appear to play a role and genetic abnormalities are not yet delineated. In Sturge-Weber syndrome, there is some evidence that the condition is a mosaic mutation with only segmental involvement. Those that receive the full mutation die in utero. Although these conditions are generally hereditary, many do not become clinically apparent until the teenage years or young adulthood.

Benign and Malignant Tumors

In general, the tumors that develop in these syndromes are benign. They differ from true neoplasms by virtue of the fact that they are anomalies of tissue formation, rather than tumors that arise from fully developed tissues. Furthermore, they are usually stationary or slowly progressive lesions that generally lack the capacity for the limitless proliferation seen with malignant neoplasms (5,6). Some of these syndromes, however, can be associated with malignant neoplasms. For example, there is an increased incidence of malignant schwannomas of the peripheral nerves in patients with neurofibromatosis. Hypernephroma occurs with greater frequency in patients with retinal capillary hemangiomatosis.

Formes Frustes and Combined Phakomatoses

It is common for patients with systemic hamartomatoses to only manifest some of the clinical features of a particular syndrome. This lack of complete expressivity is referred to as a forme fruste. Furthermore, patients can occasionally exhibit certain lesions characteristic of one entity and other lesions characteristic of another. For example, the café au lait spots seen in patients with neurofibromatosis can occasionally be seen in patients with tuberous sclerosis. Some patients with features of Sturge-Weber syndrome also manifest oculodermal melanocytosis, a condition termed phakomatosis pigmentovascularis. This coincidence of two conditions has been attributed to a genetic phenomenon of twin spotting (8,9,10).


Ophthalmologic Features

The retinal astrocytic hamartoma is the characteristic fundus lesion of TSC (17,18,19,20,21). The smaller noncalcified tumor can be extremely subtle and appear only as ill-defined translucent thickening of the nerve fiber layer. A slightly larger tumor is more opaque and appears as a sessile white lesion at the level of the nerve fiber layer of the retina (Fig. 20.1). It may contain characteristic dense yellow, refractile foci of calcification that resemble fish eggs or tapioca (Fig. 20.2). In some cases, this tumor can develop a central cavity and occasionally, there can be localized overlying vitreous seeds (22,23). The retinal astrocytic hamartoma is generally stable but can rarely enlarge and produce retinal detachment and neovascular glaucoma.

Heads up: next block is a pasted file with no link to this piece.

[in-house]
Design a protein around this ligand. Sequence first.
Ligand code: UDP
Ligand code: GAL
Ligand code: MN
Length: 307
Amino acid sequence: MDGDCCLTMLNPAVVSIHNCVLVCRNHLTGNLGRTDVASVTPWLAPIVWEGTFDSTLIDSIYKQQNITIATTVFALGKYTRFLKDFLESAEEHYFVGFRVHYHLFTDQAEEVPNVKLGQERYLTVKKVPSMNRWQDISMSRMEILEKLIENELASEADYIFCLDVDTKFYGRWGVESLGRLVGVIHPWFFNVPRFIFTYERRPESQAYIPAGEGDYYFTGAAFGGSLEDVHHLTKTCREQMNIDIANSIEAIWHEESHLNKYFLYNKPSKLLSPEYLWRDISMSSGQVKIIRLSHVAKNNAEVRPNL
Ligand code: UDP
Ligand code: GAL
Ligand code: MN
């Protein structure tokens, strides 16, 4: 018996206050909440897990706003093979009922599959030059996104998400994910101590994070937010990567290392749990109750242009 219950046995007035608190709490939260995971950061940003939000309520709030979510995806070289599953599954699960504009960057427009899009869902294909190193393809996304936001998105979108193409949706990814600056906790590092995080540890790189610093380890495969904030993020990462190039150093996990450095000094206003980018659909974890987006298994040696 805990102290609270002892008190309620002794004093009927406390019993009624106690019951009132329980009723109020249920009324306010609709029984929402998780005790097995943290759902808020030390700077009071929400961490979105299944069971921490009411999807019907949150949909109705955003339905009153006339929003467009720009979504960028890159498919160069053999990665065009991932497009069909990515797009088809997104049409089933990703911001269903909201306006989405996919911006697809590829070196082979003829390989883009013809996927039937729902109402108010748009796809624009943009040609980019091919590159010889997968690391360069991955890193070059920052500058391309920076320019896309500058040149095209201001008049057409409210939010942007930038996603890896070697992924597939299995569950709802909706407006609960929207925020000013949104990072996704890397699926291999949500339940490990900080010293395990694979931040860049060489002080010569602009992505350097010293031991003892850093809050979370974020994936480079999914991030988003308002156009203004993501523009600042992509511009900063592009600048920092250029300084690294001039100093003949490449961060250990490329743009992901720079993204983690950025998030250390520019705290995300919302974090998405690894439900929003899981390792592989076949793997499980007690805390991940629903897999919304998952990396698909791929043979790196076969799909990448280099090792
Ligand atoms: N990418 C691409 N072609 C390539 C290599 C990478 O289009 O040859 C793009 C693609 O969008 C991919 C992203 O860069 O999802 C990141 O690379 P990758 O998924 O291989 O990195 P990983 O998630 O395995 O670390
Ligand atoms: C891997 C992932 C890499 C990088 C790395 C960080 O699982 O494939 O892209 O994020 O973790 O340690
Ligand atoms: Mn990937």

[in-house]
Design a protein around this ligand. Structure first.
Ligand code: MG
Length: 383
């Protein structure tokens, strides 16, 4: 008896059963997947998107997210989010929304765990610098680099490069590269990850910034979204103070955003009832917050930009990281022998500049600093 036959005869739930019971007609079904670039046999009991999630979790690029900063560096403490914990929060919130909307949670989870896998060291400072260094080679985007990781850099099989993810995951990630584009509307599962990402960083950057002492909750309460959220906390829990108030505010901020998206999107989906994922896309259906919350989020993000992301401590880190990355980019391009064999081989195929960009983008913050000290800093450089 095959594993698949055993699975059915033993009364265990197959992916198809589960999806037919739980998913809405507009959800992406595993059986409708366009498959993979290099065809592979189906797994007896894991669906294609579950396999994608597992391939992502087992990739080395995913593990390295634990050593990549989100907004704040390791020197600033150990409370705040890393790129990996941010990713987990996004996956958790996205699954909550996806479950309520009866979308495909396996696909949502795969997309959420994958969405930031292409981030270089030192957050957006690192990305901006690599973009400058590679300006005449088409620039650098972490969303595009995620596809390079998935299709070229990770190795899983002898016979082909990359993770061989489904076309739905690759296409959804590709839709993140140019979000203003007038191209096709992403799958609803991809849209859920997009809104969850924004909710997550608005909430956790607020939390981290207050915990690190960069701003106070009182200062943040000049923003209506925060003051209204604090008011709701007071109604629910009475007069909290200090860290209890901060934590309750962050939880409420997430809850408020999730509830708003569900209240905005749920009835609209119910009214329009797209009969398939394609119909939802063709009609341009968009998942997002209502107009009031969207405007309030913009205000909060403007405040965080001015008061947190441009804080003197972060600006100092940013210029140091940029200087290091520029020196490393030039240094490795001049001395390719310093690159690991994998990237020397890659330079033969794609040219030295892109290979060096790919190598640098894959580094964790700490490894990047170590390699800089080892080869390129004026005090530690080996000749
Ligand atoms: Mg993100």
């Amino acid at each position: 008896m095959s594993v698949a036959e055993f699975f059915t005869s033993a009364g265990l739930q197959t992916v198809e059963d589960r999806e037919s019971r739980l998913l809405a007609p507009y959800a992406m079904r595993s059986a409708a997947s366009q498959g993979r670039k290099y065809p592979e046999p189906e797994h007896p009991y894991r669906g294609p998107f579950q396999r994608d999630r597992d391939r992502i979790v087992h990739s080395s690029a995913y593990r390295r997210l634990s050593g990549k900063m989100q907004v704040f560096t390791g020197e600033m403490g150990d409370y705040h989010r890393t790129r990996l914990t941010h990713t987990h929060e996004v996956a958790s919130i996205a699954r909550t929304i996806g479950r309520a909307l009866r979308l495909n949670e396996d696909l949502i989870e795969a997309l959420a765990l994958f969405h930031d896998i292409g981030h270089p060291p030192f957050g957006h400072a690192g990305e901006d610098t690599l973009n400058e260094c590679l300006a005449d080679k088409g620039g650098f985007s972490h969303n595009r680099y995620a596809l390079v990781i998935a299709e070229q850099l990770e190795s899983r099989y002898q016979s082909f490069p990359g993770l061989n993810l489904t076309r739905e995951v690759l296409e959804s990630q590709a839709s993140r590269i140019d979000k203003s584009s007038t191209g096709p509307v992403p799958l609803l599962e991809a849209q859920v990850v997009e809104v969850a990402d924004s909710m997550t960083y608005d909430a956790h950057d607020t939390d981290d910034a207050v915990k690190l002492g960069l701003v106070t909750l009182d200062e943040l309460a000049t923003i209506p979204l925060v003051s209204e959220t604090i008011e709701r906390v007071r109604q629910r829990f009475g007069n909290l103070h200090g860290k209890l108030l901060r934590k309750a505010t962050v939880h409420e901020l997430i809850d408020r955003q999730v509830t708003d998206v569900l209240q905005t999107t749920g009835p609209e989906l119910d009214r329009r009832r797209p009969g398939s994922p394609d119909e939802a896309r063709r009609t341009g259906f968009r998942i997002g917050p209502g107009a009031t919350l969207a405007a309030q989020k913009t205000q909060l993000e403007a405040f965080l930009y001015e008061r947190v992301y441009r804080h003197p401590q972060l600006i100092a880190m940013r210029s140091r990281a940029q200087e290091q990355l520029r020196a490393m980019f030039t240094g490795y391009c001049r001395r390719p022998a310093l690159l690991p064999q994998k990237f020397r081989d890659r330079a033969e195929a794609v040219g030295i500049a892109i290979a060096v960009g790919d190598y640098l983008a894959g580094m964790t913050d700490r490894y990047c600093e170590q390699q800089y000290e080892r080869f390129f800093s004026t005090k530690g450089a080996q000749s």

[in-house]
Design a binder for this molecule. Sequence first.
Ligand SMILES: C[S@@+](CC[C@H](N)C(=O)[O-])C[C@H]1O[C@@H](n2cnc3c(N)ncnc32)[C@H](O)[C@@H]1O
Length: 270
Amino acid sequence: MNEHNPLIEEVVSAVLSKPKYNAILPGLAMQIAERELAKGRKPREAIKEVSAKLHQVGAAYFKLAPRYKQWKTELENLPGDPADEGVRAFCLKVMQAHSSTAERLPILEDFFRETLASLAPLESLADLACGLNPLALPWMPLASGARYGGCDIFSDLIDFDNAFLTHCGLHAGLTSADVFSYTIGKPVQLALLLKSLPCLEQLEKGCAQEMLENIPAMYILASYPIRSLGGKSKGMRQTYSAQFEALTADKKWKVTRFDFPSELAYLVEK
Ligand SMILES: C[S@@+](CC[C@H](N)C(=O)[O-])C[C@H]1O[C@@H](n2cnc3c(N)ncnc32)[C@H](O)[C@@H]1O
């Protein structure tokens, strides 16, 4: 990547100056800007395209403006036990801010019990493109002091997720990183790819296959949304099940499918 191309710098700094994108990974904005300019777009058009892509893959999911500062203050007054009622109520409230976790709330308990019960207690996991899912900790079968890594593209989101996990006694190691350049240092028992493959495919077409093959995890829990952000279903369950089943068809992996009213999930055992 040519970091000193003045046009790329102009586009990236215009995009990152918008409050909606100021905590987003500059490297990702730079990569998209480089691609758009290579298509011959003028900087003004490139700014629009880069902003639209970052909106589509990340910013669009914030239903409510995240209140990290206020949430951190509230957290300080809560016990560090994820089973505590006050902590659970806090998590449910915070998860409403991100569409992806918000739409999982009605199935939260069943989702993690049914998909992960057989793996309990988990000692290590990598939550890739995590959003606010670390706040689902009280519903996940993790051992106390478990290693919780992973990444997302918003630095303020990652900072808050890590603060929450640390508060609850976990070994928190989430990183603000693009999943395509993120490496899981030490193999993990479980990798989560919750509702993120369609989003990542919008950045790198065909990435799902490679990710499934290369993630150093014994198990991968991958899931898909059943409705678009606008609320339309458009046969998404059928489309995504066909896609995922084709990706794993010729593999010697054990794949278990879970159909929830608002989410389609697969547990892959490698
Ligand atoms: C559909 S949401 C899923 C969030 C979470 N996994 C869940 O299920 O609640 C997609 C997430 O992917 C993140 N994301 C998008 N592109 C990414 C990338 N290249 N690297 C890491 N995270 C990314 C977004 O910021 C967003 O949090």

A fairly common but often overlooked fundus feature of TSC is the retinal pigment epithelial (RPE) depigmented (punched out) lesion (19,20). This finding can be tiny at only 50 to 100 µm diameter or it can be obvious at 3 to 4 mm diameter. Multiple RPE depigmented lesions should be suggestive of TSC.

Ancillary studies, such as fluorescein angiography, ultrasonography, and optical coherence tomography, can assist in the diagnosis (24). Fine-needle aspiration has been used to make a diagnosis in atypical cases.

The retinal astrocytic hamartoma shows rather typical pathologic features. It is located in the nerve fiber layer of the retina and is composed of fibrillary astrocytes. Foci of dystrophic calcification, sometimes resembling psammoma
bodies, are frequently present in the tumor. The uveal tract is rarely affected in tuberous sclerosis. A depigmented iris sector, seen in some affected patients, is believed to be the equivalent of depigmented cutaneous lesions.




Major features

  • Facial angiofibromas or forehead plaque

  • Ungual or periungual fibroma

  • Hypomelanotic macules (>3) (ash leaf macule)

  • Shagreen patch (connective tissue nevus)

  • Multiple retinal nodular hamartomas

  • Cortical tuber